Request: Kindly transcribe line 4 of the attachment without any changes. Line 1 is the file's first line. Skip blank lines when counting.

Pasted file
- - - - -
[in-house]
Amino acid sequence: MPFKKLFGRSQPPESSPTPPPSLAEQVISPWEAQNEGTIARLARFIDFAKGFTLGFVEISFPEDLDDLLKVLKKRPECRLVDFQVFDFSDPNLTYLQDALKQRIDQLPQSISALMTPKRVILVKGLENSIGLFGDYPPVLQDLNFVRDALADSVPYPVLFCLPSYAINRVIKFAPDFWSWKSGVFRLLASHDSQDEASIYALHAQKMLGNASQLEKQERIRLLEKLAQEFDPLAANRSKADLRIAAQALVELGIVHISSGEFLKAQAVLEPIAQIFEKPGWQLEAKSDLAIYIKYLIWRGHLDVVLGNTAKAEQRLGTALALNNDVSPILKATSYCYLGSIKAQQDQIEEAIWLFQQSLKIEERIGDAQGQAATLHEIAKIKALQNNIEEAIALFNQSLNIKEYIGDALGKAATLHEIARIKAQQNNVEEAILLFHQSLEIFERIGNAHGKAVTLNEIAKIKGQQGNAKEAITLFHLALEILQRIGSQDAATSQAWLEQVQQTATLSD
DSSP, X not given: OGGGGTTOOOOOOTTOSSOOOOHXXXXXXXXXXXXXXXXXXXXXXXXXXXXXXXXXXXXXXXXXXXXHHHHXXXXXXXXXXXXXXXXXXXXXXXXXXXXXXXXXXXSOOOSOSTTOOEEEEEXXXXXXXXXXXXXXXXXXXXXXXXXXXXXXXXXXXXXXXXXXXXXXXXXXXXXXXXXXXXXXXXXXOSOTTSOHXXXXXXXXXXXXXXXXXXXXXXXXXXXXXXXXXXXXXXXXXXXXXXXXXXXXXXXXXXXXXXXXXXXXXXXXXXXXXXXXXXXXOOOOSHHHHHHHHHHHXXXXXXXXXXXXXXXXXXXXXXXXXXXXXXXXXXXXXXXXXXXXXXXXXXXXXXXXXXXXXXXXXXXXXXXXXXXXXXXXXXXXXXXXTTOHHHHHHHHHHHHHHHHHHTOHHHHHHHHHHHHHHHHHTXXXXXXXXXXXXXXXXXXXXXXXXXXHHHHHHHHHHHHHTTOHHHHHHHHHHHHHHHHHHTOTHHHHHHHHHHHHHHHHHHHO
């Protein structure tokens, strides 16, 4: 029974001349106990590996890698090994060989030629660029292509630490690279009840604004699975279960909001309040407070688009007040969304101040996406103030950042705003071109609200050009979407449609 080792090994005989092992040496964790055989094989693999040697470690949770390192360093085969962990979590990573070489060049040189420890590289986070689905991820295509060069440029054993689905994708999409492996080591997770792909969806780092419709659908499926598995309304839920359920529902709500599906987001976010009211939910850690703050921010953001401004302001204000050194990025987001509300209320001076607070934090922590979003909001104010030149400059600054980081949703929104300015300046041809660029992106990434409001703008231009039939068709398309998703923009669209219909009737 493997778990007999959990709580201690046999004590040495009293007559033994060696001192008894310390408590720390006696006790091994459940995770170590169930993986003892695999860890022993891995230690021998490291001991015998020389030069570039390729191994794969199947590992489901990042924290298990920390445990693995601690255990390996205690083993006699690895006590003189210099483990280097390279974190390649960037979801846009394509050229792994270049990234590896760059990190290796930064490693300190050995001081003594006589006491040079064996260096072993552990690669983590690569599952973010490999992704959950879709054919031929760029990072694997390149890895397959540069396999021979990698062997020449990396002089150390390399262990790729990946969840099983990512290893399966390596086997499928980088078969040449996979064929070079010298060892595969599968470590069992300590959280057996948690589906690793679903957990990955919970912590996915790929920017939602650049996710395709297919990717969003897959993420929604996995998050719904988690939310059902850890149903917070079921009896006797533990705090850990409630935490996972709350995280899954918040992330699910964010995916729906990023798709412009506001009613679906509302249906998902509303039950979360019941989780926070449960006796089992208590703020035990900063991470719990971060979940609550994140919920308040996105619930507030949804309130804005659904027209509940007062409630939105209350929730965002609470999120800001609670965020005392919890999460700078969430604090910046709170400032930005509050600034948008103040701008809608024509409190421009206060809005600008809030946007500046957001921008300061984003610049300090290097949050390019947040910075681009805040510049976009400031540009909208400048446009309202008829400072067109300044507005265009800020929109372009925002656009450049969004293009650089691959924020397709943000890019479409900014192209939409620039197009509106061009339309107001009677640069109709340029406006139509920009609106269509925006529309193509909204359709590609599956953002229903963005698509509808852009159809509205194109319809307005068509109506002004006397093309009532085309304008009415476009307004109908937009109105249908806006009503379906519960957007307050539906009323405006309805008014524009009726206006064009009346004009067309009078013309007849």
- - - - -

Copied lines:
């Protein structure tokens, strides 16, 4: 029974001349106990590996890698090994060989030629660029292509630490690279009840604004699975279960909001309040407070688009007040969304101040996406103030950042705003071109609200050009979407449609 080792090994005989092992040496964790055989094989693999040697470690949770390192360093085969962990979590990573070489060049040189420890590289986070689905991820295509060069440029054993689905994708999409492996080591997770792909969806780092419709659908499926598995309304839920359920529902709500599906987001976010009211939910850690703050921010953001401004302001204000050194990025987001509300209320001076607070934090922590979003909001104010030149400059600054980081949703929104300015300046041809660029992106990434409001703008231009039939068709398309998703923009669209219909009737 493997778990007999959990709580201690046999004590040495009293007559033994060696001192008894310390408590720390006696006790091994459940995770170590169930993986003892695999860890022993891995230690021998490291001991015998020389030069570039390729191994794969199947590992489901990042924290298990920390445990693995601690255990390996205690083993006699690895006590003189210099483990280097390279974190390649960037979801846009394509050229792994270049990234590896760059990190290796930064490693300190050995001081003594006589006491040079064996260096072993552990690669983590690569599952973010490999992704959950879709054919031929760029990072694997390149890895397959540069396999021979990698062997020449990396002089150390390399262990790729990946969840099983990512290893399966390596086997499928980088078969040449996979064929070079010298060892595969599968470590069992300590959280057996948690589906690793679903957990990955919970912590996915790929920017939602650049996710395709297919990717969003897959993420929604996995998050719904988690939310059902850890149903917070079921009896006797533990705090850990409630935490996972709350995280899954918040992330699910964010995916729906990023798709412009506001009613679906509302249906998902509303039950979360019941989780926070449960006796089992208590703020035990900063991470719990971060979940609550994140919920308040996105619930507030949804309130804005659904027209509940007062409630939105209350929730965002609470999120800001609670965020005392919890999460700078969430604090910046709170400032930005509050600034948008103040701008809608024509409190421009206060809005600008809030946007500046957001921008300061984003610049300090290097949050390019947040910075681009805040510049976009400031540009909208400048446009309202008829400072067109300044507005265009800020929109372009925002656009450049969004293009650089691959924020397709943000890019479409900014192209939409620039197009509106061009339309107001009677640069109709340029406006139509920009609106269509925006529309193509909204359709590609599956953002229903963005698509509808852009159809509205194109319809307005068509109506002004006397093309009532085309304008009415476009307004109908937009109105249908806006009503379906519960957007307050539906009323405006309805008014524009009726206006064009009346004009067309009078013309007849």